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Optimizing Venous Thromboembolism Prophylaxis using Physician Order Entry: Johns Hopkins Hospital Experience Michael B. Streiff, MD Associate Professor.

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Presentation on theme: "Optimizing Venous Thromboembolism Prophylaxis using Physician Order Entry: Johns Hopkins Hospital Experience Michael B. Streiff, MD Associate Professor."— Presentation transcript:

1 Optimizing Venous Thromboembolism Prophylaxis using Physician Order Entry: Johns Hopkins Hospital Experience Michael B. Streiff, MD Associate Professor of Medicine Division of Hematology Medical Director, Johns Hopkins Anticoagulation Management Service

2 Venous thromboembolism (VTE) Prevention- Why should we care? Venous thromboembolism is common –900,000 DVT/PE annually VTE is deadly –10% of hospital deaths due to PE –Only 1/3 suspected ante- mortem VTE causes long-term morbidity –Recurrent VTE occurs in 40% by 10 years –Post-thrombotic syndrome affects 30% by 5 years VTE is preventable –Effective prophylaxis reduces DVT incidence by 60%

3 VTE Prevention- We are failing our patients! Anderson Arch Intern Med 1991 Rahim et al. Thromb Res Tapson et al. Blood 2004, Rashid J Royal Soc Med 2005; Spencer et al. Arch Intern Med 2007; Tapson et al. Chest 2007; Cohen AT Lancet 2008 Worchester VTE study patients with VTE from 12 hospitals Seventy-four percent were outpatients Sixty percent recently hospitalized Only 43% received DVT prophylaxis (Spencer FA et al. Arch Intern Med 2007) Prophylaxis (%)

4 Joint Commission Standards for VTE Management Prevention Documentation of Venous Thromboembolism Risk Assessment/Prophylaxis within 24 Hours of Hospital Admission Documentation of Venous Thromboembolism Risk Assessment/Prophylaxis within 24 Hours of Transfer to ICU Treatment Documentation of Inferior Vena Cava Filter Indication Venous Thromboembolism Patients with Overlap of Parenteral and Warfarin Anticoagulation Therapy Venous Thromboembolism Patients Receiving Unfractionated Heparin with Platelet Count Monitoring Venous Thromboembolism Patients Receiving Unfractionated Heparin Management by Nomogram/Protocol Venous Thromboembolism Discharge Instructions Outcome Incidence of Potentially Preventable Hospital-Acquired Venous Thromboembolism

5 Hopkins Surgical Services: DVT Prophylaxis Baseline Adherence 2005 ACCP Guideline Adherence (%) Data courtesy of Deb Hobson RN Center for Innovations in Quality Patient Care

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7 Physical Medicine & Rehabilitation VTE Prophylaxis Performance N=914 ACCP Adherence (%) Data courtesy of S Mayer MD PM&R & Deb Hobson RN Center for Innovations in Quality Patient Care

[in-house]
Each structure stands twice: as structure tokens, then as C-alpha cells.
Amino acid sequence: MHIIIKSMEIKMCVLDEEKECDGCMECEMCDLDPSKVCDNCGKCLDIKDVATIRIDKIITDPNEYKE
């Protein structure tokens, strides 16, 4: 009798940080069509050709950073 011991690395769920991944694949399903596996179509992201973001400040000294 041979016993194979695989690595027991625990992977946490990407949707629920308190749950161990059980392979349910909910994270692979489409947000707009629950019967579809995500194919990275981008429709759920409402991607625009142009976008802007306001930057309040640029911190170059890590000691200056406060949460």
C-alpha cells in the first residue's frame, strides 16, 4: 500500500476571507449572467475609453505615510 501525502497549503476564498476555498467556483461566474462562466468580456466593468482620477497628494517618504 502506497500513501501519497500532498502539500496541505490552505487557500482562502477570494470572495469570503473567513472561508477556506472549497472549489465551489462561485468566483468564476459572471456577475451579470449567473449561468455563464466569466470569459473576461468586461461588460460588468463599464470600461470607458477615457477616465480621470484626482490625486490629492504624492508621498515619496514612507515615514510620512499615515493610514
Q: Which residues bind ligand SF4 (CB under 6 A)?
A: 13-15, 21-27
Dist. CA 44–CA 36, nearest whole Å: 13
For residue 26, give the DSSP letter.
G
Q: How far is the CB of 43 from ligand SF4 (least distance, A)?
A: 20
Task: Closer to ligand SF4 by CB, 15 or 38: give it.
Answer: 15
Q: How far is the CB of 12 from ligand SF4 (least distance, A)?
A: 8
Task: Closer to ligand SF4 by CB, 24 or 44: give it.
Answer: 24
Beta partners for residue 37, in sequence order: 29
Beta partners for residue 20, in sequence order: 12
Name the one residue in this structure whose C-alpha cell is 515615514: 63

8 General Surgery Overall Compliance with Recommended VTE Prevention N= 297 cases reviewed 11/2006 (35 cases contraindicated for pharmacologic prophylaxis) 42/ /262 2/2 9/19 72/103 95/138 ACCP Compliance (%) Data courtesy of Deb Hobson RN Center for Innovations in Quality Patient Care

9 Johns Hopkins VTE Prevention Collaborative – Version 1.0 Results Evidence-based Paper VTE Prophylaxis Tool –Success Improved VTE Prophylaxis compliance from 25% to % Decreased VTE incidence on some floors –Shortcomings Complex Forms not always available Labor intensive data collection Out of usual work flow stream on CPOE units Result = Sub-optimal VTE prevention Solution = Electronic Risk Stratification/Order Entry

10 Impact of the POE VTE Order set on Compliance on the Orthopedic Spine Service N= Admissions (%)

11 Impact of the POE VTE Order set on Compliance on the Medicine Service N=20 N=1059 N=1039 N=1097

12 Annual Incidence of VTE at JHH VTE (% of discharges)

13 Conclusions We have developed a POE VTE prophylaxis order set that facilitates rapid VTE risk stratification and evidence-based VTE prophylaxis ordering Benefits of the order set include… –Increased VTE risk stratification –Increased risk-appropriate VTE prophylaxis –Enhanced VTE performance monitoring/reporting –Targeted provider education of VTE risk factors and prophylaxis modalities –More effective strategy to improve VTE prevention than electronic alerts

14 Future Plans Study the impact of the order set on VTE and bleeding event rates Study the impact of the order set on provider VTE management knowledge base

15 Acknowledgments Paula Biscup-Horn PharmD, BCPS Deb Hobson, BSN Elliot Haut, MD Peggy Kraus, PharmD, CAPS Chad Smith, FACHE Katy Olive JHMCIS –Peter Greene MD –Steve Mandell, Peggy Ardolino, Pat Zeller, Annette Durrette- Smith, Irma Sutanto, Bonnie McCoy & JHMCIS Team The VTE Collaborative Teams The Center for Innovation in Quality Patient Care Renee Demski, MSW, MBA and the Johns Hopkins Health System Quality Improvement Office

16 Questions ?


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